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Publication numberUS20080237887 A1
Publication typeApplication
Application numberUS 11/693,651
Publication dateOct 2, 2008
Filing dateMar 29, 2007
Priority dateMar 29, 2007
Publication number11693651, 693651, US 2008/0237887 A1, US 2008/237887 A1, US 20080237887 A1, US 20080237887A1, US 2008237887 A1, US 2008237887A1, US-A1-20080237887, US-A1-2008237887, US2008/0237887A1, US2008/237887A1, US20080237887 A1, US20080237887A1, US2008237887 A1, US2008237887A1
InventorsHem Takiar, Shrikar Bhagath
Original AssigneeHem Takiar, Shrikar Bhagath
Export CitationBiBTeX, EndNote, RefMan
External Links: USPTO, USPTO Assignment, Espacenet
Semiconductor die stack having heightened contact for wire bond
US 20080237887 A1
Abstract
A semiconductor device is disclosed including die bond pads which are heightened to allow wire bonding of offset stacked die even in tight offset configurations. After a first die is affixed to a substrate, one or more layers of an electrical conductor may be provided on some or all of the die bond pads of the first substrate to raise the height of the bond pads. The conductive layers may for example be conductive balls deposited on the die bond pads of the first substrate using a known wire bond capillary. Thereafter, a second die may be added, and wire bonding of the first die may be accomplished using a known wire bond capillary mounting a wire bond ball on a raised surface of a first semiconductor die bond pad.
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Claims(22)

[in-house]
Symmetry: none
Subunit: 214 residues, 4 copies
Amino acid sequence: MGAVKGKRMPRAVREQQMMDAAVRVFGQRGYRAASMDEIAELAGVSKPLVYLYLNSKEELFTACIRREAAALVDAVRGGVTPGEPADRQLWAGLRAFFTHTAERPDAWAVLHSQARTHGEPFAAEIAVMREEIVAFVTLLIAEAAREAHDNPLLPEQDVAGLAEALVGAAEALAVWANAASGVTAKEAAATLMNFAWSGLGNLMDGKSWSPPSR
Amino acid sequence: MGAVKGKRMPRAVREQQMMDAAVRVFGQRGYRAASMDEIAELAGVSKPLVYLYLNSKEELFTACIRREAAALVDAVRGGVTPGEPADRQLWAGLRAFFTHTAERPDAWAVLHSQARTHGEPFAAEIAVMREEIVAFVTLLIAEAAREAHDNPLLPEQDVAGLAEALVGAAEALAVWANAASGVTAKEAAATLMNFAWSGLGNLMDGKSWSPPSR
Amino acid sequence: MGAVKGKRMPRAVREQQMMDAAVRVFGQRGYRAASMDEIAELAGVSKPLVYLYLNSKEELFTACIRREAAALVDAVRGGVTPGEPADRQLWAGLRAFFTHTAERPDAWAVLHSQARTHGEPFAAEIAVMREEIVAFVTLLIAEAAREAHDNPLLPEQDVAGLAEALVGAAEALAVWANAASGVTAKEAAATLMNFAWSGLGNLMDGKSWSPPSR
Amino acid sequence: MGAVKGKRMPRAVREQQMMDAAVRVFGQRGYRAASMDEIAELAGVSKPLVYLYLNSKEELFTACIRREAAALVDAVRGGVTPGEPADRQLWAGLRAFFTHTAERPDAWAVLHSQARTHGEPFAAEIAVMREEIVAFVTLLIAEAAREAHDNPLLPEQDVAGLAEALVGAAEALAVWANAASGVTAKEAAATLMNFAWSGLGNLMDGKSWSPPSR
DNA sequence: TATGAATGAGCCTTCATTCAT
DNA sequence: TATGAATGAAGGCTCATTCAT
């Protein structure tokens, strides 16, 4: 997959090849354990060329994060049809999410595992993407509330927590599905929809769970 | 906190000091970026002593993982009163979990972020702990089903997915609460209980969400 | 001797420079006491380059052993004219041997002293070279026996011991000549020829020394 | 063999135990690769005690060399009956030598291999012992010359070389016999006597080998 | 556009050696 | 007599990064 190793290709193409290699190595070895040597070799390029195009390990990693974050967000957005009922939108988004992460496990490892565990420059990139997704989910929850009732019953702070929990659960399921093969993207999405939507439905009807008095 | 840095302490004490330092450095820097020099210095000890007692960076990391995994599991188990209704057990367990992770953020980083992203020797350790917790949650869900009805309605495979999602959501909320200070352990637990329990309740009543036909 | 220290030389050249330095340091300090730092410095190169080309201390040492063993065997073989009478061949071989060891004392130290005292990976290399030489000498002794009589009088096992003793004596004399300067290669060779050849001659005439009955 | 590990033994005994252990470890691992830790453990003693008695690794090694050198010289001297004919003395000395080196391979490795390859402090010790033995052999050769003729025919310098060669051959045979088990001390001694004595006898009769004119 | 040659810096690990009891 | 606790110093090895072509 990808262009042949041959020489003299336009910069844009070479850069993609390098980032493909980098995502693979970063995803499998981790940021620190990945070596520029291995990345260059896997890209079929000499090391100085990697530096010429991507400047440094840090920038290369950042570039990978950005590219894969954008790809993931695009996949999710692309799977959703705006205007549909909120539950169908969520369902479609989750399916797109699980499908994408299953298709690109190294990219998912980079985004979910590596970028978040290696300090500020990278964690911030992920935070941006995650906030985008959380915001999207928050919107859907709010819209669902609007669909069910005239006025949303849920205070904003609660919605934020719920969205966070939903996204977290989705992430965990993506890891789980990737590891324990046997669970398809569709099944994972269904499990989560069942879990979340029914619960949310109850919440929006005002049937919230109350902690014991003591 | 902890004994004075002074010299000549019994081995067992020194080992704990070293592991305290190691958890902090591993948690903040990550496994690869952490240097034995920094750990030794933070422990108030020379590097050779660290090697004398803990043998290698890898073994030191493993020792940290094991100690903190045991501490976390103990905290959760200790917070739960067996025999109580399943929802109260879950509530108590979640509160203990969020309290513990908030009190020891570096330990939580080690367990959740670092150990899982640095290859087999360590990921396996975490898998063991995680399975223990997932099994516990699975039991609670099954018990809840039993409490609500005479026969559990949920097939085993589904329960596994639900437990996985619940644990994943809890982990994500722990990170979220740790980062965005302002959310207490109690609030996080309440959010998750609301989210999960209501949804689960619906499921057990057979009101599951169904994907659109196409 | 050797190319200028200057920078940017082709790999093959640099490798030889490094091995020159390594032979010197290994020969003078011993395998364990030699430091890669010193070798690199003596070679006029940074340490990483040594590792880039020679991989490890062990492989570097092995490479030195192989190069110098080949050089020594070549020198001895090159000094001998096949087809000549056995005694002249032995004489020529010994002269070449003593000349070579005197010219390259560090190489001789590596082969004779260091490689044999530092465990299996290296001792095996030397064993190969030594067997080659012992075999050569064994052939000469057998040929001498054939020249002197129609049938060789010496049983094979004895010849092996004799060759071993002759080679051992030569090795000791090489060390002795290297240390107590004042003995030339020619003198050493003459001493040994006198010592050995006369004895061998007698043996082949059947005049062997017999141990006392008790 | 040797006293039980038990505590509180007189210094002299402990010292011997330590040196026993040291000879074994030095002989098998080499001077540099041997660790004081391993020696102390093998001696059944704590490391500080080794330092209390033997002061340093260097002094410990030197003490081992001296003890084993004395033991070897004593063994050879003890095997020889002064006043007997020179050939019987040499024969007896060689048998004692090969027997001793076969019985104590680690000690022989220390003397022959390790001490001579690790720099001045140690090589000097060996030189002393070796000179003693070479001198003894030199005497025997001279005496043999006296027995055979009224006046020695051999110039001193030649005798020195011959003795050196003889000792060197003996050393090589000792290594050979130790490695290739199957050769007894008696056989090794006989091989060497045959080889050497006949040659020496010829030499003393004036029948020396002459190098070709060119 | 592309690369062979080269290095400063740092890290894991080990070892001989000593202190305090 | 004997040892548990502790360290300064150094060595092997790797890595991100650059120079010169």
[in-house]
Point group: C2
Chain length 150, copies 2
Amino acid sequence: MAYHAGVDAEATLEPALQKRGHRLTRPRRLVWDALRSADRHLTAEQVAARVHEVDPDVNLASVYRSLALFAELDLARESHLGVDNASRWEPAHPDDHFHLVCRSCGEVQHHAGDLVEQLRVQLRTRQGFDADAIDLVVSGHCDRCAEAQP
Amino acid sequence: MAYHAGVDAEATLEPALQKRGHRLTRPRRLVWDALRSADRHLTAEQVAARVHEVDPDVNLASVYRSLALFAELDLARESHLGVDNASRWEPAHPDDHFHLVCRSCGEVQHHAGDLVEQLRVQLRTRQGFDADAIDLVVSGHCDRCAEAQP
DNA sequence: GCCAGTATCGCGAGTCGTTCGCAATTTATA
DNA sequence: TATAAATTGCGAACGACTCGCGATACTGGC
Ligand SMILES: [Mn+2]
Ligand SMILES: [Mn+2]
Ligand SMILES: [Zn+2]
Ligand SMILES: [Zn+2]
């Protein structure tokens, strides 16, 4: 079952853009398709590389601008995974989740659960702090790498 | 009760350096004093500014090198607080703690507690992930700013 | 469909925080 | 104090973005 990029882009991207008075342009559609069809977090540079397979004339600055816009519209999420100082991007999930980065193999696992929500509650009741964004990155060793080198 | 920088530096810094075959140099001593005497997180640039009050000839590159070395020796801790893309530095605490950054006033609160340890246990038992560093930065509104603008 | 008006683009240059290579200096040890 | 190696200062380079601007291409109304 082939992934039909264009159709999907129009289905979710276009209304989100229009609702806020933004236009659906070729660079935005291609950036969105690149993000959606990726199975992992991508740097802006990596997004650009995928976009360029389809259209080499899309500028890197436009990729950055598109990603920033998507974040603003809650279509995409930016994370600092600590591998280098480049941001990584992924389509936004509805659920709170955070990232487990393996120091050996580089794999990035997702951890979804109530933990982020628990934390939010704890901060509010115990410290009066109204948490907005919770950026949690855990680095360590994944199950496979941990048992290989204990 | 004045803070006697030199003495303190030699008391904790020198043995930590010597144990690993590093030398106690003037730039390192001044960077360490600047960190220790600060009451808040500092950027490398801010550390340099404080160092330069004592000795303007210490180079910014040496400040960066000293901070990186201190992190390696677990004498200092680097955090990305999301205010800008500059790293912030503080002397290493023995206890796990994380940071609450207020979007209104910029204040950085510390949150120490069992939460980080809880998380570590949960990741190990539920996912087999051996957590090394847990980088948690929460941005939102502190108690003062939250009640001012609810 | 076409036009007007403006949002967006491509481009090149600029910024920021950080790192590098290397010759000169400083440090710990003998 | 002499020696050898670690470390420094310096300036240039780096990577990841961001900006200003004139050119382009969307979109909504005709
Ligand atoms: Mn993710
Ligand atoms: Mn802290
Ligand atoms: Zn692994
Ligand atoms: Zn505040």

1. A semiconductor die stack, comprising:
a first semiconductor die;
an electrical conductor deposited on the first semiconductor die;
a second semiconductor die stagger stacked on the first semiconductor die, the electrical conductor and the second semiconductor die extending approximately a same height above a surface of the first semiconductor die; and
a wire bonded to the electrical conductor for transferring signals from the first semiconductor die.
2. A semiconductor die stack as recited in claim 1, further comprising a contact pad formed on the first semiconductor die, the electrical conductor being deposited on the contact pad.
3. A semiconductor die stack as recited in claim 1, wherein the electrical conductor is a contact pad formed on the first semiconductor die.
4. A semiconductor die stack as recited in claim 1, wherein the semiconductor die stack is configured for use in a flash memory device.
5. A semiconductor package, comprising:
a first semiconductor die including a plurality of die bond pads formed in a surface of the first semiconductor die;
a second semiconductor die stagger stacked on the surface of the first semiconductor die, the second semiconductor die spaced away 300 microns or less from a contact pad on the first semiconductor die;